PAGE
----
Are you worried about developing arthritis? You’re not alone. This degenerative and still widely misunderstood disease takes many forms. According to the Arthritis Foundation, there are more than 100 types of arthritis, including tendonitis, osteoporosis, and even Lyme disease. Rheumatoid arthritis (RA) is the most common form of autoimmune arthritis (source). If you’re wondering how to treat the disease or how to prevent rheumatoid arthritis altogether, scroll down for more information.
How to Prevent Rheumatoid Arthritis
What Is Rheumatoid Arthritis?
Even without a clear understanding of arthritis, most people can recognize the swollen, painful, and often disfigured fingers and toes associated with RA. That swelling and disfiguration is a result of the body attacking its own tissue. Rheumatoid arthritis is an autoimmune disorder. The chronic inflammatory disease affects the lining of your body’s joints, which causes painful swelling.
If left untreated, that swelling can result in the erosion of bones and joints, which causes irreversible and painful deformities. This happens when the cartilage between your bones is slowly worn down until the bones are basically grinding against each other. Most often, RA affects smaller joints including those in your feet, wrists, knees, ankles, and elbows. RA can affect much more than your extremities, however; the disease can damage entire body systems including the skin, eyes, lungs, heart, and even blood vessels. Early detection is the best way to slow or halt the spread of RA.
Can You Prevent It?
Unfortunately, no. Researchers are still working to understand the causes of RA and have not discovered how to prevent rheumatoid arthritis. While some triggers or risk factors have been associated with the autoimmune disease, no clear cause has been identified.
But that doesn’t mean you should lose hope. Spotting symptoms early is key to the management and treatment of RA. And according to the Arthritis Foundation, there are a few ways you can reduce your risk of developing arthritis. Habitual smoking is one factor associated with RA, and unhealthy weight gain and diets have also been linked to forms of arthritis.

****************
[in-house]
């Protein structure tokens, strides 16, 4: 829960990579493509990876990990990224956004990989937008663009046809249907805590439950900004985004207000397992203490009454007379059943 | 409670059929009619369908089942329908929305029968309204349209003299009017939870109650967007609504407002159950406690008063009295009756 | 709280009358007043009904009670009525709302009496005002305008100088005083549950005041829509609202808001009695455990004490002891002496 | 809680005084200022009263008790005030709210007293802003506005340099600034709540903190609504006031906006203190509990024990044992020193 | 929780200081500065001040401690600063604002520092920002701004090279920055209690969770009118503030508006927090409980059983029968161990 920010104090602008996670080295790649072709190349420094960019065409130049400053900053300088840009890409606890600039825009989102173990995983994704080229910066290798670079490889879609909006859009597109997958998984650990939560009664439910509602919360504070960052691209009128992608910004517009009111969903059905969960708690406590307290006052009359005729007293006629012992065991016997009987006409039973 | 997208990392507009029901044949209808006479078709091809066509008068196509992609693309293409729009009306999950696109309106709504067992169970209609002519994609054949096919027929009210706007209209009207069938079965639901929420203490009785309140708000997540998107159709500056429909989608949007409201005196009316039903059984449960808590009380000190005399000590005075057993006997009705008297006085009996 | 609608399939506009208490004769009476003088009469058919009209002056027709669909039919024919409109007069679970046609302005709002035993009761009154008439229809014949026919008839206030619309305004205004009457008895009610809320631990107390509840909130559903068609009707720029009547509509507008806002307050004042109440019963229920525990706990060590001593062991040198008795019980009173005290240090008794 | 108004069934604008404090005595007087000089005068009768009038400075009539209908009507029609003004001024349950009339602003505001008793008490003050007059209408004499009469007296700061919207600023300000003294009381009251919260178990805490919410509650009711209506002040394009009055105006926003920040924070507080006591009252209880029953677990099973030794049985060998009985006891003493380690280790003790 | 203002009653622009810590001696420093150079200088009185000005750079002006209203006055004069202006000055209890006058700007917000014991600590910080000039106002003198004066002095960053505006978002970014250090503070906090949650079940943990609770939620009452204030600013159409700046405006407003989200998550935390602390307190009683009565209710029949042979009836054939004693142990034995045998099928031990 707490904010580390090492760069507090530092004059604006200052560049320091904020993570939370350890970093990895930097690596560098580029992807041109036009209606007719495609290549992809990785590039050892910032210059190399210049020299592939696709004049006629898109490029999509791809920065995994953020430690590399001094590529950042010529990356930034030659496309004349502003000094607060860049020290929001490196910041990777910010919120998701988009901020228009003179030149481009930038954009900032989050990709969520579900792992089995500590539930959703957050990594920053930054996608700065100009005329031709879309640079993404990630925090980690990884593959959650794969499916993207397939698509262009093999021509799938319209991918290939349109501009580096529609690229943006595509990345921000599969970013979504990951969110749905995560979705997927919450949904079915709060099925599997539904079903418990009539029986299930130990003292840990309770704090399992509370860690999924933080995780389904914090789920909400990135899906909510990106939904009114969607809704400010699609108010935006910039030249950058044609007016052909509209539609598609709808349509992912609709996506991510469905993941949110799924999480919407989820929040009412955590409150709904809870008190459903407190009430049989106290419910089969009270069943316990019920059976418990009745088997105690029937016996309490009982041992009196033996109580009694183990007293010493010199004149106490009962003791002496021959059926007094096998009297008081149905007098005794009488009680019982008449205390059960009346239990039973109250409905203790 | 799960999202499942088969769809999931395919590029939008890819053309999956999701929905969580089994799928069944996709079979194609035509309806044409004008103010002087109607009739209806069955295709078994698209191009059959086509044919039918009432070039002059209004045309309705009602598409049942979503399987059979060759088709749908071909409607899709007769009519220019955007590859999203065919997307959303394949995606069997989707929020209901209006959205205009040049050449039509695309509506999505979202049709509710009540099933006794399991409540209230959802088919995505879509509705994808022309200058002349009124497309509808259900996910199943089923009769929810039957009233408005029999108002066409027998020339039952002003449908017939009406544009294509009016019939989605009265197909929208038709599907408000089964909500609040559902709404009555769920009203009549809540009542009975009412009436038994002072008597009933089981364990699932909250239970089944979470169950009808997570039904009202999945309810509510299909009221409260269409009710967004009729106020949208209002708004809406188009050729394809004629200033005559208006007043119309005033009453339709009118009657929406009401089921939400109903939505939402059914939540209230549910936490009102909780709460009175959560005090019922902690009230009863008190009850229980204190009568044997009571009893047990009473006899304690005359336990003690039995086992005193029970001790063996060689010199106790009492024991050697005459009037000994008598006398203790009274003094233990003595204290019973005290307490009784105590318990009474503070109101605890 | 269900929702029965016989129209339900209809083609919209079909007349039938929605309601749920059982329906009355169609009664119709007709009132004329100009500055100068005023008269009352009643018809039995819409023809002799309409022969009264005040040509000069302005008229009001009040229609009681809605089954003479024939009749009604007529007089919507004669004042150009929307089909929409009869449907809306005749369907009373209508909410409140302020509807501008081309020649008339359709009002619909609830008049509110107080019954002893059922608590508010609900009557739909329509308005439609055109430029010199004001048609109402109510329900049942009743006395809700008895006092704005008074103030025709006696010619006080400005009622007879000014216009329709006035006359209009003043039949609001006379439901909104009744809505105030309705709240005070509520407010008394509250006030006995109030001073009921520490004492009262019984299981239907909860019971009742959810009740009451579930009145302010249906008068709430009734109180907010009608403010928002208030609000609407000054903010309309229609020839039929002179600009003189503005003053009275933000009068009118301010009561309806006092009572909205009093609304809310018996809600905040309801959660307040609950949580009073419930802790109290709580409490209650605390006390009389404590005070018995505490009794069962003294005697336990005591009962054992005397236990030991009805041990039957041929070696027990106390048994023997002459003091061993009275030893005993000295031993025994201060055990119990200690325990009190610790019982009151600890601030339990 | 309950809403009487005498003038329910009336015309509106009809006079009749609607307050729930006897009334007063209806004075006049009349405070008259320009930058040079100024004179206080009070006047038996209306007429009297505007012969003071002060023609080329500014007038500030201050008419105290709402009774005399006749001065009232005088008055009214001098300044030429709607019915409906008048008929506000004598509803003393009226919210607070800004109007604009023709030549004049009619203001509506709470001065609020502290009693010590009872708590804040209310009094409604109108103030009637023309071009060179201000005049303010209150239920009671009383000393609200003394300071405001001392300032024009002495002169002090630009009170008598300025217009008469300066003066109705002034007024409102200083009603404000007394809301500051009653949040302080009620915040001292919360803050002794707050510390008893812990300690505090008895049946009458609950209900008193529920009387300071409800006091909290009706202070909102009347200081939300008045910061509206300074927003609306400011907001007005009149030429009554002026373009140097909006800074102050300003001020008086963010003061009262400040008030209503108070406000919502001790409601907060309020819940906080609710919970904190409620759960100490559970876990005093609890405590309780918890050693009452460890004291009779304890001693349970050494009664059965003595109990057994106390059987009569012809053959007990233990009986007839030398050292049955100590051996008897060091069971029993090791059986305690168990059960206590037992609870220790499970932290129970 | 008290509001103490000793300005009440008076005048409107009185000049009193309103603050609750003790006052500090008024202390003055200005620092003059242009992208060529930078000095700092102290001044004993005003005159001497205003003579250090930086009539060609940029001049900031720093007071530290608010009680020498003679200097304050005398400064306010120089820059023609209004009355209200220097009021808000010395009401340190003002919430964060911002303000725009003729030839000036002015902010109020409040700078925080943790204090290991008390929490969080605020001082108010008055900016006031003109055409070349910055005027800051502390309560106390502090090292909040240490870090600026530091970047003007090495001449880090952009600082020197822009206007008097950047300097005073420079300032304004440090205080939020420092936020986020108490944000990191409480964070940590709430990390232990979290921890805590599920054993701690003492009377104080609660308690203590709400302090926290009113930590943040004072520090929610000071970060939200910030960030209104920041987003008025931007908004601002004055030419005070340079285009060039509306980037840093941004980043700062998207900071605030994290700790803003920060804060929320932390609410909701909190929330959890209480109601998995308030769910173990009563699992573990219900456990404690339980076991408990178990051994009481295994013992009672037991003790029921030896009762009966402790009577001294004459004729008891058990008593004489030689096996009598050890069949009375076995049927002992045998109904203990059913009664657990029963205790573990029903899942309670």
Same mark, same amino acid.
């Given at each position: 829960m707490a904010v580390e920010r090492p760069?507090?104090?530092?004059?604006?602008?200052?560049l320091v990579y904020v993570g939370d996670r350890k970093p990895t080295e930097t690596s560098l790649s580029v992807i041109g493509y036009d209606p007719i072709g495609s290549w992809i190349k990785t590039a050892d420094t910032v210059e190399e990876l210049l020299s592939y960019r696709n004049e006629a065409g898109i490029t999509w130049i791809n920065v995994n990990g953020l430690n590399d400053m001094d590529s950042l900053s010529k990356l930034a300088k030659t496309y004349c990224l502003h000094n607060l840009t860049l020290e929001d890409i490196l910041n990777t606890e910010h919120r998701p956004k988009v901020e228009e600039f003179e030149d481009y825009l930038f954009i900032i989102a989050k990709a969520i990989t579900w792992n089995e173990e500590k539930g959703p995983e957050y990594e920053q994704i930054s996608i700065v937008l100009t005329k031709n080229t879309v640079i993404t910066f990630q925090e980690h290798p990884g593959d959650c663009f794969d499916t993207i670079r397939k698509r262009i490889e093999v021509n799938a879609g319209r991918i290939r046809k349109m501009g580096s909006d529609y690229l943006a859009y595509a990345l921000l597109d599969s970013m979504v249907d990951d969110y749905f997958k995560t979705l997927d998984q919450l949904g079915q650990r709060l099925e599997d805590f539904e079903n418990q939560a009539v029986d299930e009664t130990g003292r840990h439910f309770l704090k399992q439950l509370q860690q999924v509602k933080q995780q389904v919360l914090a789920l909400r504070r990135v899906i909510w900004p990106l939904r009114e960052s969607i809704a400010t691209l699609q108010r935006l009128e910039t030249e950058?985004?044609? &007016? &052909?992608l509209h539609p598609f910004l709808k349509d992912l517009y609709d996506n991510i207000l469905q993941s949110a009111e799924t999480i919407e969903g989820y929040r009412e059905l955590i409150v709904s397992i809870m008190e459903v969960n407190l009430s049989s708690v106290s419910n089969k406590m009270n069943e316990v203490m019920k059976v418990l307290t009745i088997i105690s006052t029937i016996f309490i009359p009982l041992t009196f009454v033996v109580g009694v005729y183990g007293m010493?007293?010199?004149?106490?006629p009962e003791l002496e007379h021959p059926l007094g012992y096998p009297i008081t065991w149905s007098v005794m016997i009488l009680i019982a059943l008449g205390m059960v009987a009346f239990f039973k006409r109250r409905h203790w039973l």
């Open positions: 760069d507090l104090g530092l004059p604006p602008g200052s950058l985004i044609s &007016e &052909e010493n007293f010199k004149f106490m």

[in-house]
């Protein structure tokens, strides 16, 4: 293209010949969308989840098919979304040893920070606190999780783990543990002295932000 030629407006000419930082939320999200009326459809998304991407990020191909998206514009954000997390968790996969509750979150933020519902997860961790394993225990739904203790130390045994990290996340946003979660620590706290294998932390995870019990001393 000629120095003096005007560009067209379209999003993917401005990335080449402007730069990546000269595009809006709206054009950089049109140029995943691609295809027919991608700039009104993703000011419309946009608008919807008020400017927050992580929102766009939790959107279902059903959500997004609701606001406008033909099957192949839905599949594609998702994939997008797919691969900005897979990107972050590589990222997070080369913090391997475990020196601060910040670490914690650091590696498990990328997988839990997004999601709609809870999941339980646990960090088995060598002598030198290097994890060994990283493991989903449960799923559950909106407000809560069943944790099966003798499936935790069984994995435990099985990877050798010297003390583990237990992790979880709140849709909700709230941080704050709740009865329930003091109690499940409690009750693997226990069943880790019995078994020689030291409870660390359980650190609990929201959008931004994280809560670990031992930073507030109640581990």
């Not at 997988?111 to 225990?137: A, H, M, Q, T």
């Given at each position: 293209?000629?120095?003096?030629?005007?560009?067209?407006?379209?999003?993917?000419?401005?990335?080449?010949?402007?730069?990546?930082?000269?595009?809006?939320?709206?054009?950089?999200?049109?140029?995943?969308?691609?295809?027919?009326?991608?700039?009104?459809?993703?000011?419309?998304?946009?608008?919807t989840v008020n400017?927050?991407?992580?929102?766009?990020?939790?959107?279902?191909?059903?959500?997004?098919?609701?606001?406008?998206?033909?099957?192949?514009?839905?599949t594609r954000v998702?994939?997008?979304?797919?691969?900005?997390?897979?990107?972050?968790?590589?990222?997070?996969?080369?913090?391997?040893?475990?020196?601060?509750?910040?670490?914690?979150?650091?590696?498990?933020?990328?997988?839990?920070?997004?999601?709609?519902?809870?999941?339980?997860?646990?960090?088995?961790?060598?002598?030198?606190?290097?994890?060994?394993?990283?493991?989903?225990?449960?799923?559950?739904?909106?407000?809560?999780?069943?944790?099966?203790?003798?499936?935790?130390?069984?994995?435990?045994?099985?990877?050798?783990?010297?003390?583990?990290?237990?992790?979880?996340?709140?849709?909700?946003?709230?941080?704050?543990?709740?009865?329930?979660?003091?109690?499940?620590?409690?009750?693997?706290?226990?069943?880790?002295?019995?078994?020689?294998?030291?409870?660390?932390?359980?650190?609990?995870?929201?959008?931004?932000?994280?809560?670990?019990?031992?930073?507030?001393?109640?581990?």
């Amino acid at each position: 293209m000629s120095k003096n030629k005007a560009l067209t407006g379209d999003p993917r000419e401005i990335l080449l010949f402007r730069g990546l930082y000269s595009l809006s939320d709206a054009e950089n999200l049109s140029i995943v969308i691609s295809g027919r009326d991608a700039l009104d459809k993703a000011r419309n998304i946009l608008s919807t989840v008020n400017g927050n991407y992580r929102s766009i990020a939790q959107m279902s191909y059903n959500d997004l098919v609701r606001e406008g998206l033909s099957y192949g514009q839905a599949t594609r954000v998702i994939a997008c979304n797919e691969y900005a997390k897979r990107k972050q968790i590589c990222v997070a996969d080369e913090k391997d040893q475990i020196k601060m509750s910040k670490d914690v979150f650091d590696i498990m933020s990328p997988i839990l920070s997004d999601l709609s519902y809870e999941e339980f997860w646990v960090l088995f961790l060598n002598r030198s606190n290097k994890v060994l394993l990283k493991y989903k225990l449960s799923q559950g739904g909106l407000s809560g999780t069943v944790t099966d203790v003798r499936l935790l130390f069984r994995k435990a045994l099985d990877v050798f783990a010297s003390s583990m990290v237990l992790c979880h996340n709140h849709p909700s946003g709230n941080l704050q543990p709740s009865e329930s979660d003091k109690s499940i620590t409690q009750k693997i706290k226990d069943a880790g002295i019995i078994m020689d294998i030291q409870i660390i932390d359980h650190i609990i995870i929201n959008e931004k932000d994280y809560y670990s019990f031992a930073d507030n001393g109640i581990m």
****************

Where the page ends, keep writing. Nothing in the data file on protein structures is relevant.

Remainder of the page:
One way the American College of Rheumatology recommends lowering your risk of developing arthritis is incorporating low-impact exercises into your daily routine. Walking, swimming, and cycling are all great ways to build muscle strength, which can help protect your bones and reduce pressure on your joints.
What Causes the Disease?
According to an article in the U.S. News & World Report, the two greatest risk factors associated with RA are age and gender. While RA can develop at any age, the article points out that chances of developing the disease increase with age, especially once adults enter their 60s. Regarding gender, RA is nearly three times more prevalent in women than in men. The risk of RA is also greatly increased for those who have a direct relative (a parent, sibling or child) with the disease. Obesity is another factor to consider. Unhealthy weight can put pressure on your bones and joints. It can also reduce your ability to exercise, which is key to maintaining strong bones and balance as you age.
If you’re concerned about RA, want to learn more about its symptoms, or still have questions about how to prevent rheumatoid arthritis, schedule an appointment with your doctor.
Whether you’re dancing or taking daily walks, maintaining an active lifestyle is key to your overall health and mental wellness. That’s part of our focus at Springhouse Village. We’re committed to providing a friendly and healthy atmosphere where our residents can thrive. To learn about the many things we do to support the health and well-being of our residents, contact Springhouse Village today.